I want to introduce two situations, a senior manager in London castigates two employees in the following terms, the abuse is the last of a long line of verbal abuse along the same lines:

  • “Pull your finger out and work harder you lazy Geordie piece of shit”
  • “Pull your finger out and work harder you lazy Scottish piece of shit”.

Faced with a situation in which a manager has been abusing a member of their staff for reasons related to their geographical background an employee will frequently want to pursue a complaint of bullying against the manager. But, as many an employee representative will recount even in clear cases of bullying it is not unknown for an employer to refuse to take the employee’s complaints seriously – or even, in some cases, to target the complainant with disciplinary action for raising a complaint.

The aggrieved worker will, naturally enough, want to seek advice as to whether he or she has a legal claim against the abuser and/or the employer. It is true that outside of an Employment Tribunal the workers may both have a claim that the conduct was unlawful under the Protection from Harassment Act 1997. A not entirely dissimilar claim can be seen in the House of Lords case Majrowski v. Guy’s and St. Thomas’ NHS Trust where an employer was found liable for the sustained bullying behaviour of a manager.

The reality though, especially for relatively low value claim such as this one, is that the worker is priced out of pursuing such claims.

A more expeditious and cost effective route would be to pursue a case under the harassment provisions of the Equality Act 2010. The Equality Act defines harassment as:

A person (A) harasses another (B) if—

(a)A engages in unwanted conduct related to a relevant protected characteristic, and

(b)the conduct has the purpose or effect of—

(i)violating B’s dignity, or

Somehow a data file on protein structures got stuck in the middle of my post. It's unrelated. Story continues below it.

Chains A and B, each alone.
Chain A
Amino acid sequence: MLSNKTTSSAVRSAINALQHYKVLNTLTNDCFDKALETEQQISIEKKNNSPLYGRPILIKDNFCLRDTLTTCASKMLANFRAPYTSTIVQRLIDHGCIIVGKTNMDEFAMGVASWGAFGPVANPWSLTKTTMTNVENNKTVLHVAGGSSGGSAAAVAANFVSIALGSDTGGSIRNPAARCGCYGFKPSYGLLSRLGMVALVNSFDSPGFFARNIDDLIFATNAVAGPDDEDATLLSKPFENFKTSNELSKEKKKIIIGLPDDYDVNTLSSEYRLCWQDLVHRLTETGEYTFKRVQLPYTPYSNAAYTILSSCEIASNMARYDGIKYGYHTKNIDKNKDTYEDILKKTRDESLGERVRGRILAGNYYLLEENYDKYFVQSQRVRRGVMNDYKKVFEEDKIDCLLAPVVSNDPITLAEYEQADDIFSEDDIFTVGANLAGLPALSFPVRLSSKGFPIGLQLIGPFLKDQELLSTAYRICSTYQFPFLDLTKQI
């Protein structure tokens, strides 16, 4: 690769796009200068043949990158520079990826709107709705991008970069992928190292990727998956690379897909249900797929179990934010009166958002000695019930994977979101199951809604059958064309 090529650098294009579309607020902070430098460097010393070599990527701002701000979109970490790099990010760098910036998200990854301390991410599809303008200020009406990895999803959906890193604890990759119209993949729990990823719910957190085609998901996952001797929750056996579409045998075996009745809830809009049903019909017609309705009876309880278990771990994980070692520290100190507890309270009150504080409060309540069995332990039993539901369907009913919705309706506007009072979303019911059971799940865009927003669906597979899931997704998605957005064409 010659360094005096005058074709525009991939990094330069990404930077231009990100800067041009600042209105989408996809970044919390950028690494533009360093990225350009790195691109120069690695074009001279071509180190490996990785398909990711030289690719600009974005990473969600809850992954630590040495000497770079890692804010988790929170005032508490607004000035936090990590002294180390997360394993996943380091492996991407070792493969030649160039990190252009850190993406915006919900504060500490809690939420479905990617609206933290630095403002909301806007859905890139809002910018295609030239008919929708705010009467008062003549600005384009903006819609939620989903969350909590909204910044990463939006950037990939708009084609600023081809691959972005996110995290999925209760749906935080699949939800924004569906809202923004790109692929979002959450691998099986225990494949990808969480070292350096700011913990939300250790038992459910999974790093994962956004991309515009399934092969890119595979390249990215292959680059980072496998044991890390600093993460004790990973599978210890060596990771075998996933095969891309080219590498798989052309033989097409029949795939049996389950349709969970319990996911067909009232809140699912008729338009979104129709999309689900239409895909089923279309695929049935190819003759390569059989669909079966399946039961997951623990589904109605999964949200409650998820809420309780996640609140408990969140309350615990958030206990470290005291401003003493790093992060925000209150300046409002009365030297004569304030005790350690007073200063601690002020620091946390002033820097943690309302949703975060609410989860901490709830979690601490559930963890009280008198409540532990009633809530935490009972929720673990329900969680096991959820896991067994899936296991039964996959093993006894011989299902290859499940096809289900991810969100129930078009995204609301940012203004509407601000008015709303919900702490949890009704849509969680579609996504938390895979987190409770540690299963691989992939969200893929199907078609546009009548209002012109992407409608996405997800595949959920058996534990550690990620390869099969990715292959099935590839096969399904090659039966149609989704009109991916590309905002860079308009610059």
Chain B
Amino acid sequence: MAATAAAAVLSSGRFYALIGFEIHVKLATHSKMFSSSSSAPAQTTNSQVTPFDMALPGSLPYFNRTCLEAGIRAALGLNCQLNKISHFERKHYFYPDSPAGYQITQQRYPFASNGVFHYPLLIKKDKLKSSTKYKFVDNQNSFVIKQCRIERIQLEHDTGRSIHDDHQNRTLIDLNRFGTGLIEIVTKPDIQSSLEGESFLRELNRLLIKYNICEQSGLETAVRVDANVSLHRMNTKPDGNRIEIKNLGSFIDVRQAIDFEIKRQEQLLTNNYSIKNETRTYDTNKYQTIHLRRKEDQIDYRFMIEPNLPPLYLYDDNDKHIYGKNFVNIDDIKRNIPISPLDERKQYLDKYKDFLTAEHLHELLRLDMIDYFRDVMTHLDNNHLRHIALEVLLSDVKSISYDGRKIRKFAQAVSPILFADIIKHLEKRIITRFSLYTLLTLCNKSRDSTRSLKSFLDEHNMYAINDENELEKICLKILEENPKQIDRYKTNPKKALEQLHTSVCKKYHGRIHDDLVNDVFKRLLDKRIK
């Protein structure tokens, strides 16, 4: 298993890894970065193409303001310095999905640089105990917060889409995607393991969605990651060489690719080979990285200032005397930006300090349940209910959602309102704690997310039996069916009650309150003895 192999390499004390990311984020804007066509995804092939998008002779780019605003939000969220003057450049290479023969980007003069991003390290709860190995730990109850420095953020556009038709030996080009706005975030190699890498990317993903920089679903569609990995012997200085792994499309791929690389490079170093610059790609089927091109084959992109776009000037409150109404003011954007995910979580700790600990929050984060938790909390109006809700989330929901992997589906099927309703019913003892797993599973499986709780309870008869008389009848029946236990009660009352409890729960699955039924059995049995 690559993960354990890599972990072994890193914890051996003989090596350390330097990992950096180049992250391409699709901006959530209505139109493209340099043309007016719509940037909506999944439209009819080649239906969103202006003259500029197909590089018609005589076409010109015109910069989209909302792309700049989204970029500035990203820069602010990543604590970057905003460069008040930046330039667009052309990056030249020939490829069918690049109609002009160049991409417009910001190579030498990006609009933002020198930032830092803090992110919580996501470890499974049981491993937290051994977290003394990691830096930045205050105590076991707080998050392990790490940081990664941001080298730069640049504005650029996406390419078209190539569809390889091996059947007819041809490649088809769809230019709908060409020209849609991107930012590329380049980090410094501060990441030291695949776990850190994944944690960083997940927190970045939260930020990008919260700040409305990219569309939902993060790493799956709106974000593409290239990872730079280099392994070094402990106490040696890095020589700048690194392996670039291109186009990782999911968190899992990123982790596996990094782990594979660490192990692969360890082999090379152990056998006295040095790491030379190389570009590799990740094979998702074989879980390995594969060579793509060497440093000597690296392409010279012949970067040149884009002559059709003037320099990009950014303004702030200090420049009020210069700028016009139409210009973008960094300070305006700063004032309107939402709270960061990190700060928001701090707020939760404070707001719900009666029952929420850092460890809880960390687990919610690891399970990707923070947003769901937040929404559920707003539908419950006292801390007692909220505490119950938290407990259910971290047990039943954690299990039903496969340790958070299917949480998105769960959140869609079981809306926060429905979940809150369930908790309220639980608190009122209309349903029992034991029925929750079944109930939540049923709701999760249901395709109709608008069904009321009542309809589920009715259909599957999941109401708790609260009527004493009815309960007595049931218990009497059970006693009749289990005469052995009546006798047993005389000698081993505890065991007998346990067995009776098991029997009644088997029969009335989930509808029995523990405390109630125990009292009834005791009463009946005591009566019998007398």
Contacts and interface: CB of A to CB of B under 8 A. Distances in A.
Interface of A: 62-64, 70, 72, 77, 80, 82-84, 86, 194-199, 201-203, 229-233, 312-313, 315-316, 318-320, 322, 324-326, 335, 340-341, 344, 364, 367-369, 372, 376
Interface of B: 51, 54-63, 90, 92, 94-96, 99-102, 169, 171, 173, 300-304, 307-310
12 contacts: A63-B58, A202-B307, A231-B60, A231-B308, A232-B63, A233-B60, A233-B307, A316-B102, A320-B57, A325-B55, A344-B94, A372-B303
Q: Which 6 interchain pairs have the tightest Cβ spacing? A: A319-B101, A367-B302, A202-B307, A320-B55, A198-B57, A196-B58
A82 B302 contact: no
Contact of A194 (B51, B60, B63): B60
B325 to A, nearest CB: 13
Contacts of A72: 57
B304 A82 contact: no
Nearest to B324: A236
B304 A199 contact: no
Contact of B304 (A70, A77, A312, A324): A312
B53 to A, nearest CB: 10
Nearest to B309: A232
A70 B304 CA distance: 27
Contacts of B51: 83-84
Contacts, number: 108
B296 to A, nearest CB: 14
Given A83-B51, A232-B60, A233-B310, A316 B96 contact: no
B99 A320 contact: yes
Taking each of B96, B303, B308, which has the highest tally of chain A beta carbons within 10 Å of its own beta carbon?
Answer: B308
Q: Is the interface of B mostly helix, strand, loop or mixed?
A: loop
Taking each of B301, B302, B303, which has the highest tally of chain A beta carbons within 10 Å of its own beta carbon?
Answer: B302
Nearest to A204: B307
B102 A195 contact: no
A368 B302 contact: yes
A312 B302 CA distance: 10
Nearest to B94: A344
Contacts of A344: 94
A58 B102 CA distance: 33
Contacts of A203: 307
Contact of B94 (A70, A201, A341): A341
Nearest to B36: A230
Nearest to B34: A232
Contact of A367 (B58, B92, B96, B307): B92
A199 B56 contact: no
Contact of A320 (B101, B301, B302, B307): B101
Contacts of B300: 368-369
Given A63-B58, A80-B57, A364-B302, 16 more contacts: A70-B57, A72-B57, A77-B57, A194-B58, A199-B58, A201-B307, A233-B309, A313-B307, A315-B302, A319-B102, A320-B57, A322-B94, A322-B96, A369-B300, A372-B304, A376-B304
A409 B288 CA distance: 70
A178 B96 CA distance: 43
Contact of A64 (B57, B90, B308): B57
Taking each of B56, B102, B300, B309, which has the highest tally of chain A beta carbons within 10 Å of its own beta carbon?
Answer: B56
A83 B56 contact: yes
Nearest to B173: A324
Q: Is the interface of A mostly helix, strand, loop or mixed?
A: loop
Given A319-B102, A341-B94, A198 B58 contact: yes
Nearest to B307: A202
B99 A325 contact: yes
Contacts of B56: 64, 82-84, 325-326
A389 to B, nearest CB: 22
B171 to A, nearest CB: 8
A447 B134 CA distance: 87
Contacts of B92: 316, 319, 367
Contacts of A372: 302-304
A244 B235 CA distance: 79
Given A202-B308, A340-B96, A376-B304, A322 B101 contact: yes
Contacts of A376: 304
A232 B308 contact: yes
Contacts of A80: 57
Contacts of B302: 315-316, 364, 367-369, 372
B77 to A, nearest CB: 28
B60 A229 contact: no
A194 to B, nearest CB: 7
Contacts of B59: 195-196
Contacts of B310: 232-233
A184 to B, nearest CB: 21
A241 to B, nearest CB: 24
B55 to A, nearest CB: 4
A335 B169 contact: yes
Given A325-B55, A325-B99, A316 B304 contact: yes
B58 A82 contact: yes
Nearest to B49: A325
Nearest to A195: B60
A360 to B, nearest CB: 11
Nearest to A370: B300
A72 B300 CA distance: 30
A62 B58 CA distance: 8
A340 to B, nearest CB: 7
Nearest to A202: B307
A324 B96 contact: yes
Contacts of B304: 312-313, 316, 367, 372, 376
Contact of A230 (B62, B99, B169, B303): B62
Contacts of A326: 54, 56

(ii)creating an intimidating, hostile, degrading, humiliating or offensive environment for B.

The key difference between this definition of harassment and that in the Protection from Harassment Act is that the unwanted conduct must be “related to a relevant protected characteristic” which means that it is related to age, disability, gender reassignment, marriage or civil partnership, race, religion or belief, sex or sexual orientation.

Since the definition of the protected characteristic of race includes nationality/national origins the act allows claims related to race where an applicant is English or Scottish (BBC Scotland v Souster [2001]).  For the Scottish worker therefore the aggrieved worker does have the opportunity to pursue a claim that the boss is racially harassing the worker. For the worker born and raised in Tyneside however even though the discriminatory and oppressive bullying is just as intense and damaging they will have no recourse in the Employment Tribunal whatsoever.

Given there is evidence that workers who are tied to particular regions of the  constituent nations of the UK are disadvantaged because of their regional identification this highlights a major gap in the UK’s anti-discrimination laws. It is all very well for the former Employment Minister Esther McVey to encourage job applicants not to hide their regional accents but if there is no meaningful legal redress to challenge this discrimination then it is hard take such encouragement seriously because, if they do, there is clear evidence that workers will be disadvantaged.


Cases referenced:

Majrowski v. Guy’s and St. Thomas’ NHS Trust [2006] UKHL 34

BBC Scotland v Souster [2001] IRLR 150